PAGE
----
Osborne ::  Not a problem. You weren't the first one to get tripped up on that. Do you have any of our records?

3B Theater ::  I wish. You guys have got quite a cult following. Your records are pretty scarce and rare and going for well over $100 bucks on EBay.

Osborne ::  Seriously? Can I get any of that? (Laughs.) Listen, I can probably get you some recordings of our songs, some live shows and promotional stuff if you like. Just give me your address. 

3B Theater :: That would be outstanding. Thanks!

Osborne ::  Not a problem. So what do you need to know? What can I tell you?

3B Theater :: Let's start at the beginning. How did you guys first meet?

Osborne ::  Well I was only fifteen at the time and this was back in '58. Ronnie Linares and the other guys were playing at Lippy's Casino, while I was playing sax and keyboards at the Cha-Cha Club and they asked me to join them. That was me playing sax on "Drag" (-- the song playing during the credits of The Horror of Party Beach.) 

3B Theater ::  And this was in New Jersey right? 

Osborne ::  Yeah, Patterson, New Jersey.

3B Theater ::  Who was all in the band at this time.

Osborne ::  It was Ronnie Linares, Gary "Big Al" Jones, Jimmy Jersey and John Becker on the drums. Our first big gig was playing the Atlantis Club at Coney Island.

3B Theater :: I've heard your live shows were pretty wild. 

Osborne ::  They were. Ronnie was a wild man and I'd jump up on Jimmy's shoulders and blow the sax and we'd walk out into the audience. I tell you, John Becker was a helluva drummer. He was a big fan of Buddy Rich and would do these amazing drum solos and then kick over his equipment -- before Keith Moon made it famous.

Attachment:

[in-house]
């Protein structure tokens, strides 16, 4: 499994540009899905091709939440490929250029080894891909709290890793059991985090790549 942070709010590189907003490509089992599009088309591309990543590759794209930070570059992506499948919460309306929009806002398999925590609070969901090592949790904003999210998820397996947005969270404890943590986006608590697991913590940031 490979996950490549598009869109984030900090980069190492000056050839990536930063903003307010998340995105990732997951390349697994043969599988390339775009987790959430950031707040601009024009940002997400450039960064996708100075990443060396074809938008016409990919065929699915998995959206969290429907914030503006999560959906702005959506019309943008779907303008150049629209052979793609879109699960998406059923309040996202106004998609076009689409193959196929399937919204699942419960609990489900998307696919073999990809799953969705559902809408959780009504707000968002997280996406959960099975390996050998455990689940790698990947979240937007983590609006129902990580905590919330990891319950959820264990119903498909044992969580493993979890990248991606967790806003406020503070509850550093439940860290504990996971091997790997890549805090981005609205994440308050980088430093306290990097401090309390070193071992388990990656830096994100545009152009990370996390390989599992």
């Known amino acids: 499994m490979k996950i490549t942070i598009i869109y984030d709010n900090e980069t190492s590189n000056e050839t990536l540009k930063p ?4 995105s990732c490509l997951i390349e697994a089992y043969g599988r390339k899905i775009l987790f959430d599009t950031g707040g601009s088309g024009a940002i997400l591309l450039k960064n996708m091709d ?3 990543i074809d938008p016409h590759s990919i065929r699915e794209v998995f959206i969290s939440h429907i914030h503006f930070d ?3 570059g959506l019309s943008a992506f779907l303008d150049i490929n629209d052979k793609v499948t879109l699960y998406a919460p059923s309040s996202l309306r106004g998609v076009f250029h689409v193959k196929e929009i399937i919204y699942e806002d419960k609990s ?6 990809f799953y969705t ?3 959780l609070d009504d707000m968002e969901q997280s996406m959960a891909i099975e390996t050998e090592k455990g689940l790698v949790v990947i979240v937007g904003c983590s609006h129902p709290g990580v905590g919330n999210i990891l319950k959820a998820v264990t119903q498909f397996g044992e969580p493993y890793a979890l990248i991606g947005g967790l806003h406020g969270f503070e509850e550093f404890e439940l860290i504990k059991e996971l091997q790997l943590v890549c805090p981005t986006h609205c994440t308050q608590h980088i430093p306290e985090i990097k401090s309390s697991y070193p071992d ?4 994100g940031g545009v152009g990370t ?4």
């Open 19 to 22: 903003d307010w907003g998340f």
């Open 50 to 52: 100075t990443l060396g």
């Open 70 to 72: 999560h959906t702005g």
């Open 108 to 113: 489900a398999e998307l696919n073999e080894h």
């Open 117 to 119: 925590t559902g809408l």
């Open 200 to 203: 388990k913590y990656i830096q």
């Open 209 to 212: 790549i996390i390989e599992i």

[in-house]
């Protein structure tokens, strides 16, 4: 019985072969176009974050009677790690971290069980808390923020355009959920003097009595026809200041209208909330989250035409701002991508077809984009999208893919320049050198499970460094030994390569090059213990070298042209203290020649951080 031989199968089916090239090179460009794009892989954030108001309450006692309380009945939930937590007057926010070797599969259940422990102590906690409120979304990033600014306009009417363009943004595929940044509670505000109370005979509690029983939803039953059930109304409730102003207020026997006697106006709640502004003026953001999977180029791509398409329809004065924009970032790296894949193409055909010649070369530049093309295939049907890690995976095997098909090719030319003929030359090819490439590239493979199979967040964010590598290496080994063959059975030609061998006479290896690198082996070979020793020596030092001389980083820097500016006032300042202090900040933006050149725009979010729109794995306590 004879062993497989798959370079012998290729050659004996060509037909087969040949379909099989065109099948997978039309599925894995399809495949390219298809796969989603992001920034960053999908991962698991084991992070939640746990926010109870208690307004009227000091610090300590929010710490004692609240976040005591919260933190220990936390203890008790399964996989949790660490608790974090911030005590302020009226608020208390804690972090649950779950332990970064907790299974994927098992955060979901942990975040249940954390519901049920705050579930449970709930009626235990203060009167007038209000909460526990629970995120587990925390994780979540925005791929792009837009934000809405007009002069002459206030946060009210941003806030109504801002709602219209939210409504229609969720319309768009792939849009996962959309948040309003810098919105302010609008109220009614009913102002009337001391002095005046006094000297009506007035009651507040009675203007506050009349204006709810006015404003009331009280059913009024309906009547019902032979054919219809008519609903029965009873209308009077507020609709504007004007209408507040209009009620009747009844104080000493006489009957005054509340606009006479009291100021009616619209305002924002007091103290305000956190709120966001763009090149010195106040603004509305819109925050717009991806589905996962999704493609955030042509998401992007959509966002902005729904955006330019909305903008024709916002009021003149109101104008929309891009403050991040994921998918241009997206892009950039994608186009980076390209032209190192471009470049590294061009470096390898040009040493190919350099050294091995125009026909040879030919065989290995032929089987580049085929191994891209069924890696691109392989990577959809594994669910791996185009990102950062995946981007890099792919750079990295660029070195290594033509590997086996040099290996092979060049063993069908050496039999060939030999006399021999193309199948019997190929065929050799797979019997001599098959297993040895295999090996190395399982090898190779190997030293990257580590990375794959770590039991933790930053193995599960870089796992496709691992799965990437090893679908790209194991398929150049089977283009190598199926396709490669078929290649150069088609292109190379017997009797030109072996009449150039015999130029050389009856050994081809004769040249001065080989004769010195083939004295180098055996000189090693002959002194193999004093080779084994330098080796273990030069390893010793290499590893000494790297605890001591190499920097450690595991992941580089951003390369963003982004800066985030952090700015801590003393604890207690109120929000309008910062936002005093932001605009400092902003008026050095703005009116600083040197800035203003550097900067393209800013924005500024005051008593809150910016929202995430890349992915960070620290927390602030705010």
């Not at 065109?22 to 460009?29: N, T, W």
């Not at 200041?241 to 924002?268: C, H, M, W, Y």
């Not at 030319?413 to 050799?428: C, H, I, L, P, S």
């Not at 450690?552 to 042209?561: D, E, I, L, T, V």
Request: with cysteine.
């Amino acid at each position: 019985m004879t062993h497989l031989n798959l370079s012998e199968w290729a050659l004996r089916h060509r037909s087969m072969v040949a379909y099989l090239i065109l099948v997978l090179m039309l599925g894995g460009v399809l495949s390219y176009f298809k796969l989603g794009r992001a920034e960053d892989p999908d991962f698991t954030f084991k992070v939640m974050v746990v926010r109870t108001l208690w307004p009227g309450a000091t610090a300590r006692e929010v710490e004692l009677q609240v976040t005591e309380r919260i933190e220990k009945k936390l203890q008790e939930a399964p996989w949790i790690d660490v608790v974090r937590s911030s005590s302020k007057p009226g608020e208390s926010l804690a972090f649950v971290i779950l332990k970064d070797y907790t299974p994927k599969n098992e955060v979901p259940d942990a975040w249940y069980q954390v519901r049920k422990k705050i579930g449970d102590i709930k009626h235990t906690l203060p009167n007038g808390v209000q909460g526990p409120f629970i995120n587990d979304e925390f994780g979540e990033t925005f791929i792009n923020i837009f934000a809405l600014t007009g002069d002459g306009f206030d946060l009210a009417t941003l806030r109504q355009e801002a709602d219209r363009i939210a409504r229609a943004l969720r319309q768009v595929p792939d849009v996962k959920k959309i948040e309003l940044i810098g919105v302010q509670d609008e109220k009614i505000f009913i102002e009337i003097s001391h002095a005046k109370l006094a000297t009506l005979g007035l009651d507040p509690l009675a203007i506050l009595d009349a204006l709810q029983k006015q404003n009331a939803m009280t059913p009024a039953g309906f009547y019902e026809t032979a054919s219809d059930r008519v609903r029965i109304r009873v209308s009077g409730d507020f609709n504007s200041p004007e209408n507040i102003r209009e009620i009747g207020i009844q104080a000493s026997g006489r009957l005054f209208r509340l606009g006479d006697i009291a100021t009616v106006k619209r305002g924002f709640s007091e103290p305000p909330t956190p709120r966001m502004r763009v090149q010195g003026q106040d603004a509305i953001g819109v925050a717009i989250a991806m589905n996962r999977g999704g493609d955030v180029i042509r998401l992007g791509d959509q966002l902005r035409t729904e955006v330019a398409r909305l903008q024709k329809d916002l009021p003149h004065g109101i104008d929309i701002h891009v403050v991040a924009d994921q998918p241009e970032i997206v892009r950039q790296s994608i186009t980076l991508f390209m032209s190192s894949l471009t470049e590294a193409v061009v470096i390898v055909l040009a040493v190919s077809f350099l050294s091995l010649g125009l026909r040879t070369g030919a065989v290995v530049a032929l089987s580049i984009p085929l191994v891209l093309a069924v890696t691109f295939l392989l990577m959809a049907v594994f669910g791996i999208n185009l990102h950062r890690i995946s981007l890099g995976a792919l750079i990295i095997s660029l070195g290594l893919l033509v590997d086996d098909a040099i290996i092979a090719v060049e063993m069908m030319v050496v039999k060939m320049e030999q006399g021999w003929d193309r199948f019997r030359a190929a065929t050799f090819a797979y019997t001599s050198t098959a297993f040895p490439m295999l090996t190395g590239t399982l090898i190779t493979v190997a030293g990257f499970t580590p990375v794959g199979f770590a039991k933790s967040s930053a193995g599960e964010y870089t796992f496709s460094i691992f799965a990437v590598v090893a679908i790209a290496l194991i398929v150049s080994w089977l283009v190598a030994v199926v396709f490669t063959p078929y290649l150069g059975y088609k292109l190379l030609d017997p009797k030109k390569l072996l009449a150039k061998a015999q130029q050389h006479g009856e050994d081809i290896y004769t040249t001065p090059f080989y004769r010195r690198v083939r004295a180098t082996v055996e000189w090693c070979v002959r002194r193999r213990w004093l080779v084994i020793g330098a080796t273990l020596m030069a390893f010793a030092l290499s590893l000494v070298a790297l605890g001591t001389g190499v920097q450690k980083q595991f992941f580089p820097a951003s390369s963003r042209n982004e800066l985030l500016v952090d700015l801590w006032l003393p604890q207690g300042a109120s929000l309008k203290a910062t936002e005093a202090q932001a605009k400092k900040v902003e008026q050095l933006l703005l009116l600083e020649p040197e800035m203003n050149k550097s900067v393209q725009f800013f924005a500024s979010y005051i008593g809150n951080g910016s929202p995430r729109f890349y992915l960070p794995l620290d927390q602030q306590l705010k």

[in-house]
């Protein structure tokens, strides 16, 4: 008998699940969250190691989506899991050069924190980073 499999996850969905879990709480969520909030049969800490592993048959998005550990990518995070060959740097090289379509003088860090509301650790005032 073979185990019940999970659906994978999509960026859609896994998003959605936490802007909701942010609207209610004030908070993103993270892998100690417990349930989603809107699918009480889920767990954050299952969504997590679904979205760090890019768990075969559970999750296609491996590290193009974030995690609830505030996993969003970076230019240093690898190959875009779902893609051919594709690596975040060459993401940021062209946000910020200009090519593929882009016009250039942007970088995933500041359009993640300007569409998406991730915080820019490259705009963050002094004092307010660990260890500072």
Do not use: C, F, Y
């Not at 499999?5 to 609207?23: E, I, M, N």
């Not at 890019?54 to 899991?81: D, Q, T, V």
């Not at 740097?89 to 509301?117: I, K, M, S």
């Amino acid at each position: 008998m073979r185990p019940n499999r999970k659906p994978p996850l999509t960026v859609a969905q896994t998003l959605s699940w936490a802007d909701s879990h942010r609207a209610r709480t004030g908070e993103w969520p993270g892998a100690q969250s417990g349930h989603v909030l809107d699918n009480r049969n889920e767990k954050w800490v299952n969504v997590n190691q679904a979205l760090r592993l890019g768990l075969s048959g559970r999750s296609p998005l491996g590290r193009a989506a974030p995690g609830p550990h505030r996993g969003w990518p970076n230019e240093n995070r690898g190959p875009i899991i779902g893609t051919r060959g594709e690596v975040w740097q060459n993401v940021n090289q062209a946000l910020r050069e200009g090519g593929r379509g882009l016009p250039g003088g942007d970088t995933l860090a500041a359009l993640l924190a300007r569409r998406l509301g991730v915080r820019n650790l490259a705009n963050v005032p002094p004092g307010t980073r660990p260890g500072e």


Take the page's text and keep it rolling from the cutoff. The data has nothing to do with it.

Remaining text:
3B Theater :: You guys eventually got signed by Coral Records. How did that come about?

Osborne ::  We got hooked up with a booking agent and started getting more gigs at places like The Peppermint Lounge. They saw us, liked us and we did our first record for them which was "Elaine" and "Wiggle Wobble". You know [sings] "Wiggle Wobble!" Those two songs, of course, wound up in the movie. They also released "Drag" and "My Funny Valentine."

3B Theater :: How did you guys get involved with The Horror of Party Beach?

Osborne ::  It was through the booking agent. Del Tenney was looking for a band for his movie. We auditioned and got the gig.

3B Theater :: Any good stories from the shoot?